Tuesday, December 15, 2009

On Videogamers, Casual and Otherwise

I've played video games ever since I was old enough to know that a Goomba wasn't just a terrible Italian stereotype, but while I've always maintained a foot in the door of the hobby, it's only been since attending PAX with one of my oldest friends this past September (an experience I documented here) that I've become a more avid member of the video gamer community again. With this reentry, one thing I'm keenly aware of is the odd divide there seems to be in the video game community between the ideas of the "casual" gamer and the "hardcore" gamer. I'm no stranger to these kinds of inane divisions, being a veteran of the Genesis/SNES and PC/Mac arguments from before adolescence, but one thing that I'm still surprised by is how much this can get reiterated and worsened by the video game media.

The brunt of this kind of division is usually borne by Nintendo. Case in point: Wired magazine's Game Life blog. In today's post about the best Wii games of the year, just in time for Christmas, editor Chris Kohler parrots the claim of message board trolls everywhere by claiming that Nintendo has lost its way by abandoning the hardcore gamer and focusing on the casual side of the hobby. There's no actual explanation of this, it's just stated as a universal fact. In the actual list of the year's top games for the console, three out of the five include jabs at Nintendo by mentioning low sales, delays, or even using the term "not as good" when describing the number one pick; each one of these blurbs is by Kohler. Contributor Gus Mastrapa is at least able to stick to describing why a game is good enough to be on the list.

This isn't the first time Kohler has done something like this. Hell, it's not even the first time this week: in yesterday's post about Nintendo's first quarter prospects for 2010, he placed everything in the context of "flagging Wii sales", ignoring the fact that last Thursday he posted that in November the Wii outsold its console competitors by over 50% and placed 4 games in the month's Top 10 for sales. When I asked Kohler about this, he explained that Wii sales are down from this time last year, but made no mention of his earlier note, alongside sales data, that the whole industry is down 7.6% last year. So Nintendo isn't doing as well as last year, but it's still outselling its competitors, who are also selling less. So why does Nintendo take the blame?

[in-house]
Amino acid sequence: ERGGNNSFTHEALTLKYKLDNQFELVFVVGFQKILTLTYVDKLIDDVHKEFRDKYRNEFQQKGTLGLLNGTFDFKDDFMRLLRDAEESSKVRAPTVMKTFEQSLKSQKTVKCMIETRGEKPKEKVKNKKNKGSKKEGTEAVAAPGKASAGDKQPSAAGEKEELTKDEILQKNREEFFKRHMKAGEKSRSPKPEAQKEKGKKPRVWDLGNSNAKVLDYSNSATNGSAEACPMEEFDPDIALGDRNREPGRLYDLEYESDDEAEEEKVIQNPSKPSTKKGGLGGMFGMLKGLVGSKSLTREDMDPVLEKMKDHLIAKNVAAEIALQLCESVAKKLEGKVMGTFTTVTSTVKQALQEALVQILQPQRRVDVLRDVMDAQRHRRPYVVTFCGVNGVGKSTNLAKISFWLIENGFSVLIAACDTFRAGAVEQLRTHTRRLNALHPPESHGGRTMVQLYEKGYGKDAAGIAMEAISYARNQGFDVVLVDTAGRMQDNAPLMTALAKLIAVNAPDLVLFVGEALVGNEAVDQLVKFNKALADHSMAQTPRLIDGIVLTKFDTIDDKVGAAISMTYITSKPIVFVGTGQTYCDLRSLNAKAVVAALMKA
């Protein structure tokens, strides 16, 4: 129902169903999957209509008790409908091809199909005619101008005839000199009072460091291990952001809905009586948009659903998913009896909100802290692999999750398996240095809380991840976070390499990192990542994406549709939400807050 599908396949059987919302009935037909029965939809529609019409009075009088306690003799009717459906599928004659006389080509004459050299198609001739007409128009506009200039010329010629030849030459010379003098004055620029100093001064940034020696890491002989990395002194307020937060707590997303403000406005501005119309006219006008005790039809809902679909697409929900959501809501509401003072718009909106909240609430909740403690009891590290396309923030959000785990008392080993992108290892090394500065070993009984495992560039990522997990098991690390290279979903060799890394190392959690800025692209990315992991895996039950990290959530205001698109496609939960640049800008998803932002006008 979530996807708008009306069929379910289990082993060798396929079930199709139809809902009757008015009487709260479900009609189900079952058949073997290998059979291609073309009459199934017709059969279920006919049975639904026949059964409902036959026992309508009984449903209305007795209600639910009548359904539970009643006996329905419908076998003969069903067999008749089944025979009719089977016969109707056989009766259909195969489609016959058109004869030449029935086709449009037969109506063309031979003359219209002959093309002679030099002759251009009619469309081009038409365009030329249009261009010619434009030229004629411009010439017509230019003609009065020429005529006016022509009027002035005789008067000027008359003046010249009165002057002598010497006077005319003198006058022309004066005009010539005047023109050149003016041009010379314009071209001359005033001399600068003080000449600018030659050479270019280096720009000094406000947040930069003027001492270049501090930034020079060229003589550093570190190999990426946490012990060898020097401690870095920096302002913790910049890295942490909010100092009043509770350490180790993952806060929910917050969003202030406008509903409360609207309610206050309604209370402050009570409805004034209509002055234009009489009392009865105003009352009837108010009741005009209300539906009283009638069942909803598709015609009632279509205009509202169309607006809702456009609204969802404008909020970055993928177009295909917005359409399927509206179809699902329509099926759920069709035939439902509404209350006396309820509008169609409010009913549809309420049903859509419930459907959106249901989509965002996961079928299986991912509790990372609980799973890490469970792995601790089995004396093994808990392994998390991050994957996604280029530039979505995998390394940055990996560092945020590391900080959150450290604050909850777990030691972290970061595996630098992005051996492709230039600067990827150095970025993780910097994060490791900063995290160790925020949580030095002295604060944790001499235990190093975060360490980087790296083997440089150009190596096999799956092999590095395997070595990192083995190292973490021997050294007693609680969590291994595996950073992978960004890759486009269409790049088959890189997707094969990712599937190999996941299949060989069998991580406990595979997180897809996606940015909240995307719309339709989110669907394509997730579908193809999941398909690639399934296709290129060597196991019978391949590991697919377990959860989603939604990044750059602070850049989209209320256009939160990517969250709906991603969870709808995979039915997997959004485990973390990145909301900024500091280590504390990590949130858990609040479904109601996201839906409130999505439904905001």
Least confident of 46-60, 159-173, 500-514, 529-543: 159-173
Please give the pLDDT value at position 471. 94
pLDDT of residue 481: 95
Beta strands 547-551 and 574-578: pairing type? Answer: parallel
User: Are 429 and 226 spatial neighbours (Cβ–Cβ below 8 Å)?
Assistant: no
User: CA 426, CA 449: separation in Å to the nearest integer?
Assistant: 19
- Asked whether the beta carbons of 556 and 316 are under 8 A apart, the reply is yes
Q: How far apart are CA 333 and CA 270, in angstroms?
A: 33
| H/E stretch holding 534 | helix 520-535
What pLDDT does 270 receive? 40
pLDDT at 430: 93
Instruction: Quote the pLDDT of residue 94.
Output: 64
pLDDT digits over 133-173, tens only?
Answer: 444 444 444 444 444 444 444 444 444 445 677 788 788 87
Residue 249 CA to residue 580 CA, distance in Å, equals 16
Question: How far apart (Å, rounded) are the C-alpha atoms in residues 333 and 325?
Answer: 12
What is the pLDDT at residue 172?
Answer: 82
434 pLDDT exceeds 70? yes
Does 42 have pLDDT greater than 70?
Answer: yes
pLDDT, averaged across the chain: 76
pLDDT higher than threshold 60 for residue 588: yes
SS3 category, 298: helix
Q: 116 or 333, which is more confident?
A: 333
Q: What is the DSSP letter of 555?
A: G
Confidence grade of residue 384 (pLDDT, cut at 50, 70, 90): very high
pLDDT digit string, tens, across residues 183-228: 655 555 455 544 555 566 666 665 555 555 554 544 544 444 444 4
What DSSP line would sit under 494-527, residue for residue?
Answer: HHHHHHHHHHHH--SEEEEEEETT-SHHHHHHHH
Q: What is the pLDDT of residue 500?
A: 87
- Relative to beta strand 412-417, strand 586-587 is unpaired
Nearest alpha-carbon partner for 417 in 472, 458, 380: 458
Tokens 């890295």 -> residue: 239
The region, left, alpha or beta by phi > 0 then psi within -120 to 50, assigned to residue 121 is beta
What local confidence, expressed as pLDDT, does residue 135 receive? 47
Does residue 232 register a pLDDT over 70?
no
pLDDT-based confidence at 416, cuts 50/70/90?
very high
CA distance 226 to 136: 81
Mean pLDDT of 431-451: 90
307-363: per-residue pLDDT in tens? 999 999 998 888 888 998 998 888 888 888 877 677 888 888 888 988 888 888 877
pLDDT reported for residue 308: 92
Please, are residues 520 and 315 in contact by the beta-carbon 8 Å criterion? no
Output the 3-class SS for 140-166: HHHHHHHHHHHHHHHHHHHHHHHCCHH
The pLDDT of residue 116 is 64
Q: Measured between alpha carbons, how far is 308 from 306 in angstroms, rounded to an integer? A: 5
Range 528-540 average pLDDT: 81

This can all be easily viewed through the frame of Kohler's claim today that Nintendo's fault is that it has abandoned "hardcore" gamers (perhaps ones like himself). Whether Nintendo is connecting with a wide audience seems to be irrelevant. One of the great Myths Of The Gamer is that he (and yes, it's a he) is isolated, socially inept, addicted, and overweight. Above all else, he's an outsider. From this direction, I'd think that Nintendo's emphasis with the Wii on the social aspect of gaming, low price of entry, and engaging a new audience with a new style of play should be considered a good thing, not a stab in the back to "hardcore" people like Kohler. From my experience, it's much easier to start up a conversation about the Wii than my Playstation 3, and a lot more of my friends own that instead of the XBox 360 or the Playstation 3. This last weekend I was on a wild goose chase looking for a copy of a Nintendo game, New Super Mario Bros. Wii. Stores had stacks of copies of the newest games for the other two consoles, but that wasn't what was in demand: by Sunday evening, the local Best Buy was selling out of the 125 copies of the game it got that very morning. This isn't new, either. Back in 2007 when the Playstation 3 and Wii had release dates a few days apart, it was the former that got the bulk of media attention, falsely treating the situation with breathless enthusiasm (Penny Arcade had an effective response here) even as the Wii remained difficult to find in stores a year later and well into 2008. Feel free to call me on it if you think I'm wrong, but that kind of wide audience could be the thing that helps change the gamer stereotype.

But Sony doesn't fare too well with Game Life either. The site routinely reports on T-shirts your XBox Live avatar can wear and Twitter and Facebook on the XBox, but posted no review of the PS3's biggest game of the year, Uncharted 2. If the XBox 360 is outsold by the Wii, well, the news is that at least it outsold the PS3. Ha! Take that, Sony! If a game has a multi-platform release, they'll review the XBox 360 version. I can't actually tell if any of the site's writers actually own a PS3. "Hardcore" might as well be "XBox" when they talk about it.

After all this, I can't understand why sites like Game Life place such misguided, often inaccurate importance on the "hardcore" gamer. Sales suggest they're not the majority, and I can't help but feel this is the problem for people like Kohler: the club's not exclusive anymore, even as it becomes less stigmatizing to be a part of it. Why is it worse to be a "casual" gamer? I guess I'm just a big tent gamer: the more the merrier. More people playing just means more people to play with, and that's more than good enough for me.